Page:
While getting blindsided is common on “Survivor,” the on-air outing of the reality show’s contestant Zeke Smith as transgender not only surprised the veteran contender, but it outraged fans.
In a moment of desperation during the tribal council, Jeff Varner, a three-season “Survivor” contender, hoped to avoid elimination on Wednesday’s episode of “Survivor: Gamechangers” by proving that Smith was a master of deception. In addition to revealing Smith’s secret alliance with fan favourite Ozzy Lusth, Varner hoped to prove his point by revealing that Smith had been hiding that he’s transgender.
The ripple effects of Varner’s decision came quickly. On the episode, fellow competitors and host Jeff Probst berated him. He was then eliminated from the game by an oral vote as Probst felt it was unnecessary to go through with the formal ballot vote after Varner’s actions.
Fans swifty reacted with rage on social media. Here’s a sample of the outraged tweets:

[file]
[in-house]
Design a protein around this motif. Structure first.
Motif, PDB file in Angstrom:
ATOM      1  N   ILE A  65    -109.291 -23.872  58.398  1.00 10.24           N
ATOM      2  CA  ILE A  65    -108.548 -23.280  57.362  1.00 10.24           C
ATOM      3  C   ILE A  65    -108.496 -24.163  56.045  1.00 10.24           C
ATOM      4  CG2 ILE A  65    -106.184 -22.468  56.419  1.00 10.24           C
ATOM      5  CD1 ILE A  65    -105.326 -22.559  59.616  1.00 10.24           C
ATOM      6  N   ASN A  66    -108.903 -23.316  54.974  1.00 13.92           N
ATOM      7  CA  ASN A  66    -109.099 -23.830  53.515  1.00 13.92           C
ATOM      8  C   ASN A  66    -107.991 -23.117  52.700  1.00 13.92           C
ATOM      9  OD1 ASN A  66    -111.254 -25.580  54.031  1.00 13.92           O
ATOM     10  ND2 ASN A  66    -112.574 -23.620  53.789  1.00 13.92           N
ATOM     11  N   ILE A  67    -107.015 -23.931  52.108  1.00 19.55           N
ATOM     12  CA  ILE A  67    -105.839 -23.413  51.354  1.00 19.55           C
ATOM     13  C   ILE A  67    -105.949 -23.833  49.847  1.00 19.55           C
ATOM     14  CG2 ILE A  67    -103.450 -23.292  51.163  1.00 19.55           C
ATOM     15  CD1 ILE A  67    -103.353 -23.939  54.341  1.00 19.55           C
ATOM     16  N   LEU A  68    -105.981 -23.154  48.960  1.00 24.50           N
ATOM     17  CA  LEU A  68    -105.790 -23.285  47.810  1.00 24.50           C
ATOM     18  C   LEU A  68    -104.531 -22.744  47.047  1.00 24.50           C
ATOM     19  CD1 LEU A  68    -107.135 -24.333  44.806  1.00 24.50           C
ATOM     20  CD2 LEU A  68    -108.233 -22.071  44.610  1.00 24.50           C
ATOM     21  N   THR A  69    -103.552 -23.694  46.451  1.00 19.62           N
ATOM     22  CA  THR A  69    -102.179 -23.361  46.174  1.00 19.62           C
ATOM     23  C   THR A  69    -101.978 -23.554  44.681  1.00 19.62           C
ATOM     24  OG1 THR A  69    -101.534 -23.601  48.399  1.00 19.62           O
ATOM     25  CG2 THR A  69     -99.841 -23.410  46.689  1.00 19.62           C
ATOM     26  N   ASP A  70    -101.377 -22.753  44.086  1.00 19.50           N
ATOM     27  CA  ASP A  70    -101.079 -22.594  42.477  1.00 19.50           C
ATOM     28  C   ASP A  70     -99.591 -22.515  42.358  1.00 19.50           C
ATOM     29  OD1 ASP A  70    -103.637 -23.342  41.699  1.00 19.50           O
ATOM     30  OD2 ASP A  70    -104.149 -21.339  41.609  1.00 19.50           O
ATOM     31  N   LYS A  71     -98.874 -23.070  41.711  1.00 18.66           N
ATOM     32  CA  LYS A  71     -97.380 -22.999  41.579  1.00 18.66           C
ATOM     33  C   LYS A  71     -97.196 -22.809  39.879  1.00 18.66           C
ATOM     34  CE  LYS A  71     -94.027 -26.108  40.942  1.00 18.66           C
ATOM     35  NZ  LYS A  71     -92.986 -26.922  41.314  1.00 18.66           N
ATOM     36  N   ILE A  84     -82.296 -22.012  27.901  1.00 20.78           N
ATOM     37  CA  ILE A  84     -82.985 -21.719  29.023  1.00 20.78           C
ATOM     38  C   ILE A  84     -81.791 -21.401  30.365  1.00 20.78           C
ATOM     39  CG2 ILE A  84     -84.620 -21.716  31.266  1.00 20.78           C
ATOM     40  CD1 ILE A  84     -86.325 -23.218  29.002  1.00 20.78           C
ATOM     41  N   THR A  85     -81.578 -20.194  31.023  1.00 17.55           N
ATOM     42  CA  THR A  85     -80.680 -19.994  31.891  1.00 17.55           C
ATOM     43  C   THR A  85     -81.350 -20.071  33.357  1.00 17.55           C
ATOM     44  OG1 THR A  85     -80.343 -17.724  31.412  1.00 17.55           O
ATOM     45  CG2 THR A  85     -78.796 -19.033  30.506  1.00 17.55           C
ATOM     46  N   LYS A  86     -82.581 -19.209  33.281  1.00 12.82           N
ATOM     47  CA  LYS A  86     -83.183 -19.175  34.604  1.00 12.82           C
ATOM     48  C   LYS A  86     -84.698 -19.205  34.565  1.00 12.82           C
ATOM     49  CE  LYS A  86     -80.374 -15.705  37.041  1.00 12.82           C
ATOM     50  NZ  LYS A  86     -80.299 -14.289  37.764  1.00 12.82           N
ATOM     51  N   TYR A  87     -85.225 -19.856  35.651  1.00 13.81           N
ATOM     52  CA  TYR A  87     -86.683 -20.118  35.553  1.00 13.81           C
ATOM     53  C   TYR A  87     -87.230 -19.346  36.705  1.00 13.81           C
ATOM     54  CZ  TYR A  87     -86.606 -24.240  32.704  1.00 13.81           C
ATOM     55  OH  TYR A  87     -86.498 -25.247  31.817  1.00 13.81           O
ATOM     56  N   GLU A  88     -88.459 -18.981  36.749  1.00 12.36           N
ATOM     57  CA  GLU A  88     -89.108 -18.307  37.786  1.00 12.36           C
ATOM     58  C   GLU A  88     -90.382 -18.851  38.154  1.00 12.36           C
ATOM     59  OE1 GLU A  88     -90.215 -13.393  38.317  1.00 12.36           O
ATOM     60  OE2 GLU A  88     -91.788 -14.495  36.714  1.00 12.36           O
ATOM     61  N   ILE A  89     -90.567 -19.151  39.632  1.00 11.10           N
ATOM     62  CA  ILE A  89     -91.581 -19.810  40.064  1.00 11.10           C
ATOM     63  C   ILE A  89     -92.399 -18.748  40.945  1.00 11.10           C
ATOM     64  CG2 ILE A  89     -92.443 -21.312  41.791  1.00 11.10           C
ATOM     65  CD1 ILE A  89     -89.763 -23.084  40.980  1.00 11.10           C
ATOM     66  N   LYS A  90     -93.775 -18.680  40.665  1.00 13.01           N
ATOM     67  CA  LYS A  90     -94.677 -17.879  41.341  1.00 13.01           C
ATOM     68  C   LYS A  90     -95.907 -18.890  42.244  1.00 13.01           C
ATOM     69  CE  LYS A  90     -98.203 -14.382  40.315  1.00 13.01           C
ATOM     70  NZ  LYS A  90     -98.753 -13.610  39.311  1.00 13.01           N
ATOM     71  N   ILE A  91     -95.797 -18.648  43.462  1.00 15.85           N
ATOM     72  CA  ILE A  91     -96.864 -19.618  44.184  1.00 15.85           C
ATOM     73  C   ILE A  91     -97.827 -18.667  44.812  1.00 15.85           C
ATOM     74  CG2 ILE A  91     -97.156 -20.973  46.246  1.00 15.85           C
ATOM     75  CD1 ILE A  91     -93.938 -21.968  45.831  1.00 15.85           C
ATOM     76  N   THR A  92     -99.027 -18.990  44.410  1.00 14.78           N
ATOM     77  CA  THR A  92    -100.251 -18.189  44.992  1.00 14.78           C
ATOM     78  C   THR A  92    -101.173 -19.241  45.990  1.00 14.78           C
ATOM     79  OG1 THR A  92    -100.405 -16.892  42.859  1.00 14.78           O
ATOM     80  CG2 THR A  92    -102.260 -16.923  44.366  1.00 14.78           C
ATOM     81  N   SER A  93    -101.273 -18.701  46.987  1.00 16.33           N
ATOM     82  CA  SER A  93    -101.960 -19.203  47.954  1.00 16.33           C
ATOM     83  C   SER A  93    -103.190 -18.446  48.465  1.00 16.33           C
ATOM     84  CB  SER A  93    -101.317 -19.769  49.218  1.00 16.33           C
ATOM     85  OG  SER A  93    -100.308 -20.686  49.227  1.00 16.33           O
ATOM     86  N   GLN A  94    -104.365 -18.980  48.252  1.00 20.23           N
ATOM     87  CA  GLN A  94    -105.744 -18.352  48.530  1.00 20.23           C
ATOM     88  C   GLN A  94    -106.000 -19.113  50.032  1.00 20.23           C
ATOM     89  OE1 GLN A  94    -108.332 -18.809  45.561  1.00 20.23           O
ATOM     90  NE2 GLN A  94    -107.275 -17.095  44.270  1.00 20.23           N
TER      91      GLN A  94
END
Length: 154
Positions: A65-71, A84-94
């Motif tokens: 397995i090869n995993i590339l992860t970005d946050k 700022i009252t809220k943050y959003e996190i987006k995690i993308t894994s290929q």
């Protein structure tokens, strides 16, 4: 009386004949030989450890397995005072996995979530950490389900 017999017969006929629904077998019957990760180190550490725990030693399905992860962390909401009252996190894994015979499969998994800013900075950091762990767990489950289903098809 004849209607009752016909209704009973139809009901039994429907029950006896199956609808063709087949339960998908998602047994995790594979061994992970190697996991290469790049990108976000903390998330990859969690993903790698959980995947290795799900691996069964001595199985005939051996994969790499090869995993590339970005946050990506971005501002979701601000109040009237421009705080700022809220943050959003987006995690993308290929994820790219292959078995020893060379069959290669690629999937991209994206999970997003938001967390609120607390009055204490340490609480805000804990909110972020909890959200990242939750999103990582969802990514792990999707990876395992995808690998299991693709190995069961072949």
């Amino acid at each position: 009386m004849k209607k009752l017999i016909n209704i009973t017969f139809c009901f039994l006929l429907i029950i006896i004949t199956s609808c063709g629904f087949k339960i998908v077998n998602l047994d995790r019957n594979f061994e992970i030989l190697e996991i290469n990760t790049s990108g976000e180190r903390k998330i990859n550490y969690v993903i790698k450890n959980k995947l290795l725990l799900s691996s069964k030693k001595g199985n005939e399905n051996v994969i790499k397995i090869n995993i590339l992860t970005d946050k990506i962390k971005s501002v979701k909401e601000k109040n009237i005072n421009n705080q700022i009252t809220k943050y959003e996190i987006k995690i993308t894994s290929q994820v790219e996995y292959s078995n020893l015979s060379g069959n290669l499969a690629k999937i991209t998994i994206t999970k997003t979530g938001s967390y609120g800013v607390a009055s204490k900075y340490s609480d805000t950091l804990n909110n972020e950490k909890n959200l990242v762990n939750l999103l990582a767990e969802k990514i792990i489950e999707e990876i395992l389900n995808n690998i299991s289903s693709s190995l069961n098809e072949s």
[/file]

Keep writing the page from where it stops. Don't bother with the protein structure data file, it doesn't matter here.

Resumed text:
While he first defended outing Smith on the show, Varner ended the episode with apologies and a tearful goodbye. He also posted an apology on Twitter, calling his actions an “assault” and the “worst decision of my life.”
In an interview with Entertainment Weekly, Probst condemned the outing and said there’s no justification for outing someone as Varner did with Smith.
“In 34 seasons of ‘Survivor
,’ I have rarely, if ever, personally commented on what is said or done in the game,” Probst said. “But this is a unique situation that falls outside the normal boundaries. I cannot imagine anyone thinking what was done to Zeke was OK on any level, under any circumstances, and certainly not simply because there was a million dollars on the line.”
While Smith comforted Varner in the final moments of the episode, he wrote a guest column for The Hollywood Reporter published on Thursday that did not let Varner off the hook. In it, Smith praised the social experiment that is “Survivor,” said he has never regretted being on the show, and opened up about the hardships he experienced while transitioning into a man. He also said that he hasn’t forgiven Varner for what he did and doesn’t feel they could be friends now.
“Thankfully, my tribemates rebuffed his hateful tactics,” Smith wrote. “After 18 days starving and competing with me, they knew exactly the man I am, and after that Tribal Council, we all knew exactly the man Varner is.”
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